IRVINE, Calif.–(BUSINESS WIRE)–Feb 6, 2013–TherOx, Inc., a privately held medical device company focused on the treatment of Acute Myocardial Infarction (AMI), today announced the initiation of its multicenter Investigational Device Exemption (IDE) pilot study of a second generation system that delivers Supersaturated Oxygen (SSO 2 ) Therapy for reduction of infarct size after an AMI. SSO 2 Therapy is intended to provide interventional cardiologists with the first treatment option beyond percutaneous coronary intervention (PCI) to salvage heart muscle in heart attack patients.
The first patient was treated by Amr Abbas, MD, Director of Interventional Cardiology Research at Beaumont Hospital in Royal Oak, MI. Simon Dixon, MD, chair of cardiovascular medicine at Beaumont Hospital and an investigator for this study, was involved in the previous SSO 2 Therapy trial, AMIHOT II. He noted, “During AMIHOT II, we found the infarct size reduction achieved by SSO 2 Therapy was clinically significant. Because of this, I believe SSO 2 therapy shows great potential in improving outcomes for high-risk patients.” According to the American Heart Association, every year approximately one million people in the U.S. have heart attacks. Although PCI is the standard of care in treating AMI, for many patients it doesn’t do enough to reduce infarct size and achieve maximum clinical benefit. SSO 2 Therapy, adjunctive to PCI, is a solution of highly oxygenated saline mixed with the patient’s blood delivered through a catheter to the targeted ischemic area of the heart. SSO 2 Therapy is intended to salvage the jeopardized myocardium and thus reduce infarct size.
“Randomized clinical studies show that final infarct size correlates with improved cardiac function as well as mortality in heart attack patients. Further reducing infarct size in heart attack patients is an unmet clinical need which SSO 2 Therapy may help address,” said Gregg W. Stone, MD, principal investigator of the SSO 2 Therapy IDE trial and professor of medicine at Columbia University Medical Center.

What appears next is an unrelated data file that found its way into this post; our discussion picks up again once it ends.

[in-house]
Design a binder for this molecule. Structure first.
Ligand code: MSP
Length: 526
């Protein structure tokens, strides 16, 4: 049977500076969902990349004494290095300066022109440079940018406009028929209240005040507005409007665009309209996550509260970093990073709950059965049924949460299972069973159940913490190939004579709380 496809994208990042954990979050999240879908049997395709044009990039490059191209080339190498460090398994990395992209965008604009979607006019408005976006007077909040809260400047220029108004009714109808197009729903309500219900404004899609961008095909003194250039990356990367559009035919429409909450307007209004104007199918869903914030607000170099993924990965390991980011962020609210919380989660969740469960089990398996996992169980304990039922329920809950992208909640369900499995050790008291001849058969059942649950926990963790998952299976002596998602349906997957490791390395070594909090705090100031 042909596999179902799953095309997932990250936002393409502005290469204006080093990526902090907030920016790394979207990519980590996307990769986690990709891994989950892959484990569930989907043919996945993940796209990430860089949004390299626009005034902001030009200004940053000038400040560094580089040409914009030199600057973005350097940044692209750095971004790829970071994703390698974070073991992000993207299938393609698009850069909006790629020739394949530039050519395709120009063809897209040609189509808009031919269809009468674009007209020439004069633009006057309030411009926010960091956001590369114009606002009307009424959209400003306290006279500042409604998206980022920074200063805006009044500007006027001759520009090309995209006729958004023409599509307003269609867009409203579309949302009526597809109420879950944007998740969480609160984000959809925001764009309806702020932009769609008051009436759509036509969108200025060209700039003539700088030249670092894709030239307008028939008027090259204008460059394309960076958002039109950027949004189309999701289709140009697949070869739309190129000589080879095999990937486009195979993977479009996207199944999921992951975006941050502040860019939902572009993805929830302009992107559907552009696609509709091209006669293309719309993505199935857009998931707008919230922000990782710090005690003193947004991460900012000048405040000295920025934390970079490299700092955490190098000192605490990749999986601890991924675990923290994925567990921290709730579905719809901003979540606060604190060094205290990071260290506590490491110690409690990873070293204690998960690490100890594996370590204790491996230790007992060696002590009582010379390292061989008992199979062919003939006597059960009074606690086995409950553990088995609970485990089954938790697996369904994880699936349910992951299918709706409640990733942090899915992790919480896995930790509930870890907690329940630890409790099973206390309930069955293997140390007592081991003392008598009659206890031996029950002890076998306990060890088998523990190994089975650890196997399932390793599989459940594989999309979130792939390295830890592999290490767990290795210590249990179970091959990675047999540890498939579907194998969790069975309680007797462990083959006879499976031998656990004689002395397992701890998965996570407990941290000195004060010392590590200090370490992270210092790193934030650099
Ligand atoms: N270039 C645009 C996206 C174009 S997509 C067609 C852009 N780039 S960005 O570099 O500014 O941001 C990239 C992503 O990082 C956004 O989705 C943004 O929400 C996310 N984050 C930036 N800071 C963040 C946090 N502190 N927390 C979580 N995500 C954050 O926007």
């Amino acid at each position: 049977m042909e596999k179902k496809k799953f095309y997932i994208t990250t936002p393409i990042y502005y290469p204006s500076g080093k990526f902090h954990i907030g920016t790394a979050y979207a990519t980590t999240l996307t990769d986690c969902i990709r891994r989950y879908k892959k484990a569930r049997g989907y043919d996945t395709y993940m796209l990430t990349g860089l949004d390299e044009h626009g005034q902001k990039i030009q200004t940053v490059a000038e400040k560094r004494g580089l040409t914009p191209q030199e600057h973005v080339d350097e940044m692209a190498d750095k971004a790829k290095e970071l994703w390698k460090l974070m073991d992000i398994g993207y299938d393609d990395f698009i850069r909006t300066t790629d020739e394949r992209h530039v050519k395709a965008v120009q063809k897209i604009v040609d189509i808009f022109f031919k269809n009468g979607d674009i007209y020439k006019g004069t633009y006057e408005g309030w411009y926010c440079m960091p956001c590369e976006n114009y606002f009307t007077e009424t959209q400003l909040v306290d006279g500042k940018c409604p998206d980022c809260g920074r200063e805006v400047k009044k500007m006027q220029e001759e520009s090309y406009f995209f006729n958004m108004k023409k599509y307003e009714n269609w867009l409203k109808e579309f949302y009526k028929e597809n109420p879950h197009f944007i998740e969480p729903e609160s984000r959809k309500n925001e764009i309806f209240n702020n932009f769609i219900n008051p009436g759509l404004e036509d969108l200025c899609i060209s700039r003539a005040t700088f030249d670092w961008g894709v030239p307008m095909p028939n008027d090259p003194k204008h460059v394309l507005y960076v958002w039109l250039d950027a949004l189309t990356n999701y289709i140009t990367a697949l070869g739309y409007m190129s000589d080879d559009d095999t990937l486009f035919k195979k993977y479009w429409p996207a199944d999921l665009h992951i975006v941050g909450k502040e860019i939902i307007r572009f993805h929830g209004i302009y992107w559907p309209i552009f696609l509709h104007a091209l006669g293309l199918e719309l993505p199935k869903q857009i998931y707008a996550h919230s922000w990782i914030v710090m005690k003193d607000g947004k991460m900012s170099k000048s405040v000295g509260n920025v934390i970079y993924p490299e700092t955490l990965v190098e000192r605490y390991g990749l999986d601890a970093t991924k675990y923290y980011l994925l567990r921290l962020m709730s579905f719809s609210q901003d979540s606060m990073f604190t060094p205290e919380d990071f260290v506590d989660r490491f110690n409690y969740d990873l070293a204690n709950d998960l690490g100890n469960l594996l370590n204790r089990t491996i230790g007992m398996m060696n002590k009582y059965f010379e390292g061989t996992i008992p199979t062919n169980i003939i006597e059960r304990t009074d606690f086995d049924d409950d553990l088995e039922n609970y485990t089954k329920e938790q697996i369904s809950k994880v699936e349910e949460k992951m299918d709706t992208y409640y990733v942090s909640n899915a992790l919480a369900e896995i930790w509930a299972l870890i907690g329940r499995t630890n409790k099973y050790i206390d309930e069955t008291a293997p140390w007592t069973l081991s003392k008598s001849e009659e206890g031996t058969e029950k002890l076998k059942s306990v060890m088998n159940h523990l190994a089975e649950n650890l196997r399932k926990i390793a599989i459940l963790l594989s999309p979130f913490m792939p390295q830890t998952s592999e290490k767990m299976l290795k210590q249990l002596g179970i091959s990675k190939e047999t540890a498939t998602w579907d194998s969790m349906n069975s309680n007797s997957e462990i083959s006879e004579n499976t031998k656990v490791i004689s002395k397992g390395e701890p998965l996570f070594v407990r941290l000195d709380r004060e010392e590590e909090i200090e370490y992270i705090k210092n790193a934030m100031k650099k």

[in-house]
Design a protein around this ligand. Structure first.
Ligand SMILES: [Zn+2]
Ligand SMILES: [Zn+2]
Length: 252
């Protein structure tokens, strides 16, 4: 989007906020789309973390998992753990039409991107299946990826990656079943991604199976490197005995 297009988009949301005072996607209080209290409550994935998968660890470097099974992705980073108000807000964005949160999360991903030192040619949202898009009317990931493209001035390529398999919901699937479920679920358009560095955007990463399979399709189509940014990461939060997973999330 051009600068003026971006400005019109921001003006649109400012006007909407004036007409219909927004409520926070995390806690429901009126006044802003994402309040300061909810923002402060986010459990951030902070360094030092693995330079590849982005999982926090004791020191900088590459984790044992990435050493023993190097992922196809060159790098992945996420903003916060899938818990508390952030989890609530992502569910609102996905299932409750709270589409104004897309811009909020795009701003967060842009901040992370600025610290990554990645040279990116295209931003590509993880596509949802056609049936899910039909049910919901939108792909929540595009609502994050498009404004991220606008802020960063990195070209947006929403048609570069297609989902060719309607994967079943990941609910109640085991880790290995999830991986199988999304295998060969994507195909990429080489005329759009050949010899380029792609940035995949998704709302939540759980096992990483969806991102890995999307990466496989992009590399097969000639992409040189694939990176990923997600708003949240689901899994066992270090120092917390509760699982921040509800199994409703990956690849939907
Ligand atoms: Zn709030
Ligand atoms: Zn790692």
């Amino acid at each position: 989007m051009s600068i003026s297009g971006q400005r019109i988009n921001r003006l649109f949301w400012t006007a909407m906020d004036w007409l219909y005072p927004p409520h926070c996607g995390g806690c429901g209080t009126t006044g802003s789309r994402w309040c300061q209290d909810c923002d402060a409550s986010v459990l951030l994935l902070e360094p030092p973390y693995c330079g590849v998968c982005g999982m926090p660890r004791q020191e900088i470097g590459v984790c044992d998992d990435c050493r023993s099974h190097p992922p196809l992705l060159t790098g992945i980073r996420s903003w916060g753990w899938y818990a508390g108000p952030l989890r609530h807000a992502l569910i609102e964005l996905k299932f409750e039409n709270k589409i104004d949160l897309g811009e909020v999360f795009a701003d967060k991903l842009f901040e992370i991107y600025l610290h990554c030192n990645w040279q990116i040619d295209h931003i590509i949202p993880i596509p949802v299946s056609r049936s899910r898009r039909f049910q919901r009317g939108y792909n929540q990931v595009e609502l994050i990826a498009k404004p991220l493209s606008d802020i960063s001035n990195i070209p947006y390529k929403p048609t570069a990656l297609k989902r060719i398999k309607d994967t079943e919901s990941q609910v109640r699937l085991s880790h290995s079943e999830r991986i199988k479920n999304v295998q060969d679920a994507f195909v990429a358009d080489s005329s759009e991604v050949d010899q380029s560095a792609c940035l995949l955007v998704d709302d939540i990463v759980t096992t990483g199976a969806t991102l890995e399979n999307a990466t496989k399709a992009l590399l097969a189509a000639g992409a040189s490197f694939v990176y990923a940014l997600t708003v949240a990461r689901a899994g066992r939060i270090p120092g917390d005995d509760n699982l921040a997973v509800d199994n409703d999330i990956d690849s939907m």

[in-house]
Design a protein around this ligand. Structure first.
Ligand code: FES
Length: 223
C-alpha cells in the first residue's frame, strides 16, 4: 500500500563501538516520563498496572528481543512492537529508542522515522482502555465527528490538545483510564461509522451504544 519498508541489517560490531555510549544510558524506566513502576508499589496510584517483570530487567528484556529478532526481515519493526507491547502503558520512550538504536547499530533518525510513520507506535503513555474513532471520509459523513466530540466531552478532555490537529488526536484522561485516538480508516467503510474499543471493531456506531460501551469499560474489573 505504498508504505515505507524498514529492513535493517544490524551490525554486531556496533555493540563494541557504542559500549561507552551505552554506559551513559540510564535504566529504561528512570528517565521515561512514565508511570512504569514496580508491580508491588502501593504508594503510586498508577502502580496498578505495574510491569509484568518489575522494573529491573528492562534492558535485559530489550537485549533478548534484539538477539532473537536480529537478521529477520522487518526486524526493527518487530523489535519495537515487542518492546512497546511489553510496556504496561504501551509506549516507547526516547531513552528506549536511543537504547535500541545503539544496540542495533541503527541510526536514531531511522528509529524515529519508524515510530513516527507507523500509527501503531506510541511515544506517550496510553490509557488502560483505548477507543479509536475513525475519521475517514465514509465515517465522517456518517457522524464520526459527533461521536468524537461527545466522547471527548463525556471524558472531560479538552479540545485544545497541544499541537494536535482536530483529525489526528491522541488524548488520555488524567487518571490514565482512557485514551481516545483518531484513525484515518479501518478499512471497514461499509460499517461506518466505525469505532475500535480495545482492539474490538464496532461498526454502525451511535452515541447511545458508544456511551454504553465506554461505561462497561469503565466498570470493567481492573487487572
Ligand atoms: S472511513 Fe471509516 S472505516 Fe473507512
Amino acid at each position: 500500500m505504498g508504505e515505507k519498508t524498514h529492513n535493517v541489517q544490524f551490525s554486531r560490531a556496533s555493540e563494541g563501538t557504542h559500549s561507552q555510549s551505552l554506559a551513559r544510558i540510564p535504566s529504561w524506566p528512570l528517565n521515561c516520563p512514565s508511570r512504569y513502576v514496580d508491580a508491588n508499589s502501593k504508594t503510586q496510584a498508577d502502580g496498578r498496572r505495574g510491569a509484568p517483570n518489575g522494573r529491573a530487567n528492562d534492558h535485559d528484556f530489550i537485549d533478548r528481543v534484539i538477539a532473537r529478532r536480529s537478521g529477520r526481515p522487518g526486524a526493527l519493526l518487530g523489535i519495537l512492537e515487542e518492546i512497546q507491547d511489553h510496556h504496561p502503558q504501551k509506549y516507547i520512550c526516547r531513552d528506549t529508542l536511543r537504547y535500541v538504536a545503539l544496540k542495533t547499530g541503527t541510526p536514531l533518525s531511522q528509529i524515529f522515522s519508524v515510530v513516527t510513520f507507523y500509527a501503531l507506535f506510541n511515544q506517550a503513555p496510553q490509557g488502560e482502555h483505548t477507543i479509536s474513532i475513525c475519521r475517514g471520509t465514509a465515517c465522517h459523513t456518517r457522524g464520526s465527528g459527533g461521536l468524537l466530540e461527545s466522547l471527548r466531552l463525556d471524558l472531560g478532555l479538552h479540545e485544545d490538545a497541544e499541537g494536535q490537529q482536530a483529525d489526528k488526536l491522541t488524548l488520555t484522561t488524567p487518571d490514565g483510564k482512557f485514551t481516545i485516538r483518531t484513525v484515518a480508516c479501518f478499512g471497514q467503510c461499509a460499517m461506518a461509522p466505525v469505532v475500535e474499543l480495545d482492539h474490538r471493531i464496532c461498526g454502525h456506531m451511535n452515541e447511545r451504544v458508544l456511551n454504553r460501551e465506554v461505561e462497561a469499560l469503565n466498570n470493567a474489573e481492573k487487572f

“This IDE study is an important milestone toward bringing SSO 2 Therapy to the U.S. market,” said Kevin T. Larkin, president and chief executive officer of TherOx. “This second generation system improves upon our previous system by making SSO 2 Therapy easier to administer in the cath lab, and we anticipate even better results than achieved in AMIHOT II.” The pilot phase of the IDE study will enroll 20 patients in the U.S. In addition to Beaumont Health System, the other principal investigators and centers involved in the study are: Shukri David, MD, at Providence Hospital Cardiology in Detroit Chris Metzger, MD, at Wellmont CVA Heart Institute at Holston Valley Medical Center in Kingsport, TN David Rizik, MD, at Scottsdale Heart Group in Scottsdale, AZ About SSO 2 Therapy A heart attack is typically caused when blood and oxygen flow to the heart is blocked or reduced. If not quickly restored, irreversible damage to the heart muscle, or infarction, will occur. SSO 2 Therapy is designed to reduce infarct size by boosting oxygen delivery to the heart muscle immediately after the coronary artery has been opened by PCI. The TherOx system creates SSO 2 Therapy by mixing highly oxygenated saline with the patient’s blood and delivers it through a catheter directly to the targeted ischemic area of the heart.
The first generation system to deliver SSO 2 Therapy received the CE Mark and was successful in meeting the safety and effectiveness endpoints in the AMIHOT II trial. Statistical results from the AMIHOT II trial of SSO 2 Therapy, together with PCI and stenting, demonstrated a relative reduction of 26% in infarct size compared to PCI and stenting alone. In addition, the finding of device effectiveness was supported by additional analyses that showed a 53% increased likelihood of having a small (less than 5% damage of the left ventricle) infarct among SSO 2 Therapy patients. The results were published in . 1 This second generation system being studied builds on the success of AMIHOT II and includes the additional benefits of shortening the treatment time to 60 minutes and broadening the treatment area to the entire left coronary system so that no ischemic area goes untreated. SSO 2 Therapy is consistent with the 90-minute “door to balloon” initiative and supports the current guidelines for interventional cardiology procedures.
About TherOx, Inc. TherOx is a privately held medical device company based in Irvine, Calif., focused on developing and commercializing SSO 2 Therapy for this sizeable patient population to save hearts, and ultimately save lives. The major investors in TherOx include Kleiner Perkins Caufield & Byers, New Science Ventures, Integral Capital Partners, Aperture Venture Partners, DAG Ventures, and Cross Creek Capital. For more information about TherOx, visit http://www.therox.com.
In the United States, SSO 2 Therapy is delivered by an investigational device. It is limited by United States law to investigational use. It is not for sale or distribution in the United States.
1 Stone GW, Martin JL, Boer MJ, et al. Effect of Supersaturated Oxygen Delivery on Infarct Size After Percutaneous Coronary Intervention in Acute Myocardial Infarction. Cir Cardiovasc Interv 2009;2:366-75.